In the purest sense, measuring the number of instructions per clock that a set of instructions can perform can determine the efficiency of a design. However, the majority of highly optimized code bases do not have general-purpose code – if it detects a particular microarchitecture it can manipulate threads and loops to take advantage of the code design. How should IPC be measured is the main question: using identical code bases makes it easier to understand but are often non-real-world compiler targets, or highly optimized code to show the best of what the processor can do (which means that IPC performance is limited to that benchmark)? With the results we saw, if the difference of about a second in just under fifty seconds translates into a 2% difference, is it accurate to say that this is a 2% IPC increase, or does it rely on optimized/non-optimized code? Optimizing code, or profiling compilers for specific code targets, is nothing new. In the holistic view, most analysts use SPEC benchmarks for this, as they are well-known code structures, even though most benchmarks are compiler targets – while SPEC is not particularly relevant for the real world workloads, it does give an indication about performance for unknown architectures/microarchitectures.

5) The Workload Is Custom

One of the benefits of software like SPEC, or canned benchmarks like Cinebench, is that anyone (with a license) can pick up the workload and run with it. Those workloads are typically well known, and we can get performance numbers out that have known qualities in their interpretation. With a custom workload, that is not always the case. It comes down to experience – an unknown workload can have a lop-sided implementation of certain branches of code which is unknown when it comes to running the results. This is why rendering one scene in a film can take a vastly different time to another, yet the results for the ‘benchmark’ are significantly different depending on the architecture (one prefers lighting, another prefers tessellation etc.) Using known or standard workloads over long periods of time can offer insights into the results, whereas new workloads cannot, especially with so few results on offer.

6) It Is Only One Benchmark

There is a reason for AMD only showing this benchmark – it’s either a best case scenario, or they are pitching their expectations exactly where they want people to think. By using a custom workload on open source software, the result is very specific and cannot be extrapolated in any meaningful way. This is why a typical benchmark suite offers 10-20 tests with different workloads, and even enterprise standard workloads like SPEC come with over a dozen tests in play, to cater for single thread or multi-thread or large cache or memory or pixel pushing bottleneck that may occur. Single benchmarks on their own are very limited in scope as a result.

7) There’s Plenty about the Microarchitecture and Chip We Don’t Know Yet, e.g. Uncore

One of the more difficult elements on a processor is managing cross-core communication, as well as cross-core-cache snooping. This problem is overtly exponential, with the plausibility of more direct connections per core as the numbers go up. Intel has historically used a torus (ring) interconnect between cores to do this, with their large multi-core chips using a dual ring bus with communication points between the two. We suspect AMD is also using a ring bus in a similar methodology, but this has not been discussed at this time. There’s also the interconnect fabric between the cores and other parts of the chip, such as the Northbridge/Southbridge or the memory controllers. Depending on the test, the core-to-core communication and the interconnect can have different performance effects on the CPU.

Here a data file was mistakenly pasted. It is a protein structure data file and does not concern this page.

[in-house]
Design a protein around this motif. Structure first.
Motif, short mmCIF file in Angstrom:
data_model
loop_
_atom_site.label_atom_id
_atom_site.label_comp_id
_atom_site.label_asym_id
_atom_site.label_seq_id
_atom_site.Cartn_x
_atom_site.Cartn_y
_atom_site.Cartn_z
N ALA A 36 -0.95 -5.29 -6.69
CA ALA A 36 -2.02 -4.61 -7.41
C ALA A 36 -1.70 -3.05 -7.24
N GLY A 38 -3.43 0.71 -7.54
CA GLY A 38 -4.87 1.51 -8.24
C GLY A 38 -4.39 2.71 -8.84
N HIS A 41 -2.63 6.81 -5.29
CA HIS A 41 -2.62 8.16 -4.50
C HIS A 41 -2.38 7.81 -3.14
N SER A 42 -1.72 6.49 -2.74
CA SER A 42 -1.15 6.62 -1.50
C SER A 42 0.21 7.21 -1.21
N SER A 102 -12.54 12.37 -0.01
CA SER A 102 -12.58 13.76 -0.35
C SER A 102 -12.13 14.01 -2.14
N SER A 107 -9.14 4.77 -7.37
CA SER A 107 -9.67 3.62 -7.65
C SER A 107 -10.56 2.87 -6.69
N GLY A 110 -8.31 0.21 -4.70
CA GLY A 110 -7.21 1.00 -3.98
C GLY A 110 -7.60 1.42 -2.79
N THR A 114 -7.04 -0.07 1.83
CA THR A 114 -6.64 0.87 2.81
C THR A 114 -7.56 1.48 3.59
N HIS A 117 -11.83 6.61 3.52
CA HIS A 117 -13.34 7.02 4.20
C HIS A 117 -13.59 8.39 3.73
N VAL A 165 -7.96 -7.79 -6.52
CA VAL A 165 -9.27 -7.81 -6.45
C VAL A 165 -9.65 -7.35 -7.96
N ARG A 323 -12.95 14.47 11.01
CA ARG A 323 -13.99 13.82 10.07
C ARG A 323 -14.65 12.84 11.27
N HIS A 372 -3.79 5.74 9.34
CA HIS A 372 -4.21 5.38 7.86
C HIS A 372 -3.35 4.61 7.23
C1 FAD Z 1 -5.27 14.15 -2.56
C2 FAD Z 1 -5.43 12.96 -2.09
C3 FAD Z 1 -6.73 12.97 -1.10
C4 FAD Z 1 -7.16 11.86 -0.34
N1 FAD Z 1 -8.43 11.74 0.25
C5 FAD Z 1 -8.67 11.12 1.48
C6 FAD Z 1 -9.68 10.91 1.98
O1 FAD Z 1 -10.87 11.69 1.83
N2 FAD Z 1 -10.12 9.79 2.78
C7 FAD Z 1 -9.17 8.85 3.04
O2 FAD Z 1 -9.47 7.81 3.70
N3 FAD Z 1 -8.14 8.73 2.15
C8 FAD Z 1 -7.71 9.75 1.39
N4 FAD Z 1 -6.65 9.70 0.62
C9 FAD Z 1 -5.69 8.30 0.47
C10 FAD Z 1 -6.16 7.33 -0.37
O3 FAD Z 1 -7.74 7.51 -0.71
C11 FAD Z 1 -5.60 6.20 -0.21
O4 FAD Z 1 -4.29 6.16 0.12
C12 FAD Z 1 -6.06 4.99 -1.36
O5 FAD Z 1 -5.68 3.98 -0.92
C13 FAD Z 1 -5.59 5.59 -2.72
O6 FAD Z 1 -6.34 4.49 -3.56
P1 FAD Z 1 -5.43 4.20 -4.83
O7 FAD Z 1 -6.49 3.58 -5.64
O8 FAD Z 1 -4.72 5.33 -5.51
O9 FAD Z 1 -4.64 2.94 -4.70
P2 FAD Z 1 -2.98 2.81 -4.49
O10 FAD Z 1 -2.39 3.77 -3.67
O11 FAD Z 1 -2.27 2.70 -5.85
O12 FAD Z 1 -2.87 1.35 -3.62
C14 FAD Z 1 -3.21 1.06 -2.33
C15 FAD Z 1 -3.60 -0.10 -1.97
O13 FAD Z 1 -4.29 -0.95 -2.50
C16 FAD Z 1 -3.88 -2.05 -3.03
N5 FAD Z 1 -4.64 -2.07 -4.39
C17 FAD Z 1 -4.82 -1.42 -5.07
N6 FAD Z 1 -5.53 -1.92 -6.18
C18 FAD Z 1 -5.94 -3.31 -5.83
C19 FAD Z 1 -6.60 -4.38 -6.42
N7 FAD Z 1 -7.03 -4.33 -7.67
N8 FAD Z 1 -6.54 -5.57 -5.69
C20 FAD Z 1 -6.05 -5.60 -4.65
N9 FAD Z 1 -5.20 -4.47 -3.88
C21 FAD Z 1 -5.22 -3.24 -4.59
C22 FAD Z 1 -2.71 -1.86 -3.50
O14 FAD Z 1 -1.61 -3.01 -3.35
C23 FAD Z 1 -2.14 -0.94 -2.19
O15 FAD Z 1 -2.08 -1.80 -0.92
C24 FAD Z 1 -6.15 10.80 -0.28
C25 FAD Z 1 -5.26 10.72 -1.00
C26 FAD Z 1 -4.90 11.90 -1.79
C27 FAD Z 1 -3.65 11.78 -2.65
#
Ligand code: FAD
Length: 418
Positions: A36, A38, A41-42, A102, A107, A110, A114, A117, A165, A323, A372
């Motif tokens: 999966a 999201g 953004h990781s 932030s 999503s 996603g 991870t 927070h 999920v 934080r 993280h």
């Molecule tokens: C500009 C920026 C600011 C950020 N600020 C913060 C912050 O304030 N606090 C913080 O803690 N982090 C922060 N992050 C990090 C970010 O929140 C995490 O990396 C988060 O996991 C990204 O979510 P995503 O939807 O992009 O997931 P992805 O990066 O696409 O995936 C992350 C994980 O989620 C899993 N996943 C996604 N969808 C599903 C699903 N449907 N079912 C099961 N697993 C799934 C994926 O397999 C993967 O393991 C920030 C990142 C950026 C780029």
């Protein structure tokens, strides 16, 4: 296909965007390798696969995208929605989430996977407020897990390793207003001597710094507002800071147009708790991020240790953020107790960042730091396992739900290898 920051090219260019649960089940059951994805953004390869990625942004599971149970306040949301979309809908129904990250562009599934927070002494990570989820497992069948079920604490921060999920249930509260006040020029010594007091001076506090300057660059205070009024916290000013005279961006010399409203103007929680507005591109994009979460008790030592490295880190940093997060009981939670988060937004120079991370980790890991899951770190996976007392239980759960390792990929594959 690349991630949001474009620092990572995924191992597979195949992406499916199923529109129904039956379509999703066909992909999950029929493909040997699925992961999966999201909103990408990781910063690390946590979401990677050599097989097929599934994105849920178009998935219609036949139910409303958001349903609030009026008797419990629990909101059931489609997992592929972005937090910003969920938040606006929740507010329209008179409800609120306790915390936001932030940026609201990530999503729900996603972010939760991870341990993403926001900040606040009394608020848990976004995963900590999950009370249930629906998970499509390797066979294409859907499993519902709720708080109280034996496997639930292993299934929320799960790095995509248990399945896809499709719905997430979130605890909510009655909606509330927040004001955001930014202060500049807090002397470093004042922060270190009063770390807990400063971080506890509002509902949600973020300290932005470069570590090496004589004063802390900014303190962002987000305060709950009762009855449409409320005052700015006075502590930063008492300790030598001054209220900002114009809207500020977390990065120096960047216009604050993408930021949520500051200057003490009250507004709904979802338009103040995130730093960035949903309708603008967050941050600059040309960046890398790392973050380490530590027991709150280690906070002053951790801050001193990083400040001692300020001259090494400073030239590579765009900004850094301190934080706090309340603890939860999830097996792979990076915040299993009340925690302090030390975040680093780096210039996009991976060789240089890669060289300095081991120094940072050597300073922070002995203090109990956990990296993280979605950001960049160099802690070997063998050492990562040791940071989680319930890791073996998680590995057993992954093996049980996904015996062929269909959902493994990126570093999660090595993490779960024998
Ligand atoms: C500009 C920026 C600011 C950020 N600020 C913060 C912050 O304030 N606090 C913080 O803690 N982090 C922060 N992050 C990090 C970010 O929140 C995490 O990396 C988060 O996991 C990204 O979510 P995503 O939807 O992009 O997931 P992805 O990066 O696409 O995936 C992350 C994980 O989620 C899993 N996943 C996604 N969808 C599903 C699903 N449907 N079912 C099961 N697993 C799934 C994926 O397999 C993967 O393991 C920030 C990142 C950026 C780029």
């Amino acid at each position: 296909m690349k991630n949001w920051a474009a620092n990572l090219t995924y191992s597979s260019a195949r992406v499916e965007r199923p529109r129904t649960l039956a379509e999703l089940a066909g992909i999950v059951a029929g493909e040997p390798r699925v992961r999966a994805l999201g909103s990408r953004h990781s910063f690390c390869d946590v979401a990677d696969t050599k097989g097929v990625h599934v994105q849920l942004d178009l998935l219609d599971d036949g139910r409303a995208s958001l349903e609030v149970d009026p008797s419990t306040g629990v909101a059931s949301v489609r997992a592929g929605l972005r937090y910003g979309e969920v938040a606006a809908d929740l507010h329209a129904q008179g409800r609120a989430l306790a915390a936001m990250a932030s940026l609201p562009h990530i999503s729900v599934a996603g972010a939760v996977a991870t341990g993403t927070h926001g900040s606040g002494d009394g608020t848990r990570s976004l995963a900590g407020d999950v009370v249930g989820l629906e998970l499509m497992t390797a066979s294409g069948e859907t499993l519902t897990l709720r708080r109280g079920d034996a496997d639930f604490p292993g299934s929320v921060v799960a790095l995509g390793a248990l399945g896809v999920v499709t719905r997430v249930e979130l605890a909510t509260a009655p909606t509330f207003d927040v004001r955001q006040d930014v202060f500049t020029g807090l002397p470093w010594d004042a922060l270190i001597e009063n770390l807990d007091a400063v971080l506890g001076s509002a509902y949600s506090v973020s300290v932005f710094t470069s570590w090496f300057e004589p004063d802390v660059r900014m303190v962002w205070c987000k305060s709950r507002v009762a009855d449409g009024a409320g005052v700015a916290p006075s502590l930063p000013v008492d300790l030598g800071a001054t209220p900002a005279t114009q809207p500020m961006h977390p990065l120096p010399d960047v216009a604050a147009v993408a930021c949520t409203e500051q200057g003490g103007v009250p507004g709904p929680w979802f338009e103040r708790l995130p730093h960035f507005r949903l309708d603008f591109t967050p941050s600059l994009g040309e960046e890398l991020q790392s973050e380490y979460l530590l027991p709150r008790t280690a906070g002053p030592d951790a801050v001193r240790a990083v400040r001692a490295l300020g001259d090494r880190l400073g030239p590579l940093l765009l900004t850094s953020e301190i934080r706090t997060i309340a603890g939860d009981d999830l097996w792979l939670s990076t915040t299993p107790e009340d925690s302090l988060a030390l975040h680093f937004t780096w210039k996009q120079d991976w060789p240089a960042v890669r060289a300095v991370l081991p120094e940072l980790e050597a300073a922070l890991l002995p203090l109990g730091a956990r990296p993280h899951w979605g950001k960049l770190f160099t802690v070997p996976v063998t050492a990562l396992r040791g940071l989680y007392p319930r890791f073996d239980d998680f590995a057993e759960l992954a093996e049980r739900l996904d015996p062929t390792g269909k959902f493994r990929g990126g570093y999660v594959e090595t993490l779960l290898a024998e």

8) Clock Speeds Are Not Final, Efficiency Not Known

Performance of a CPU is typically limited by the power draw – there is no point getting a small amount of performance for a large increase in power such that efficiency has decreased. AMD has stated that power consumption and efficiency was a premier goal as this microarchitecture was developed.

At the demonstration, we were told that the frequency of the engineering samples was set at 3 GHz for all-core operation. We were told explicitly that these are not the final clock speeds, but it at the very least it puts the lower bound on the highest end processor. In reality, 3 GHz could be a walk in the park for the final retail units, depending on how much difference there is between the chips on display and what people will be able to buy. We are under the impression that the CPUs will have turbo modes involved, and those could be staggered based on the cores being used.

But this is why I said that 3 GHz is the lower bound of the high-end processor. We know from these results (assuming point 1 in this list) that the best processor from AMD will do at least 3 GHz. There’s no indication of power, and thus there’s no indication of efficiency either, which is also another important metric left in the ether.

9) We Will Have to Wait to Test

Everyone wants the next technology yesterday, so the ‘gimme gimme gimme’ feeling of new stuff is always there. AMD has already stated that general availability for Zen and Summit Ridge will be Q1, which puts the launch at four months away at a minimum. At this stage of the game, while AMD is trying to be competitive with Intel, they don’t want to generate too much hype and give the game away in case it goes incredibly pear-shaped. There’s the added element of the hardware and software being finalized or updated.

Since I’ve been reviewing, no CPU manufacturer has handed out review units four months before launch (in all honesty, we’re lucky to get a launch date sample a week in advance these days). In fact we’d have to go back to Nehalem and Conroe to find something that was sampled early; however Conroe just passed its 10th birthday and in that case, Intel knew they were on to a clear winner ahead rather than just ‘meeting expectations’. Also, early samples of a great product will mean users will wait for it to come out, which results in revenue loss (the Osborne effect) unless you have zero stock and/or an uncompetitive product that no-one is buying. In this decade, no x86 CPU manufacturer has offered samples this far out. I’d be more than happy for that to change and I would encourage companies to do so, but I understand the reasons why.

Some Final Words

Much in the same way that taking an IQ test tells you how good you are at an IQ test, it is typically an indication that you are good/bad at other things as well (most well-engineered IQ tests go through a lot of spatial reasoning, for example). In this circumstance, a CPU performing a Blender test is only as good as a Blender test, but given what we know about the Zen microarchitecture, it is probably also good at other things. Just how good, in what metric and to what extent, is almost impossible to say.

AMD has given a glimpse of performance, and they’ve only said as much as they needed to in order to get the message across. However it has been up to the media to understand the reasons why and explain what those caveats are.

 

 

[Source: Anandtech]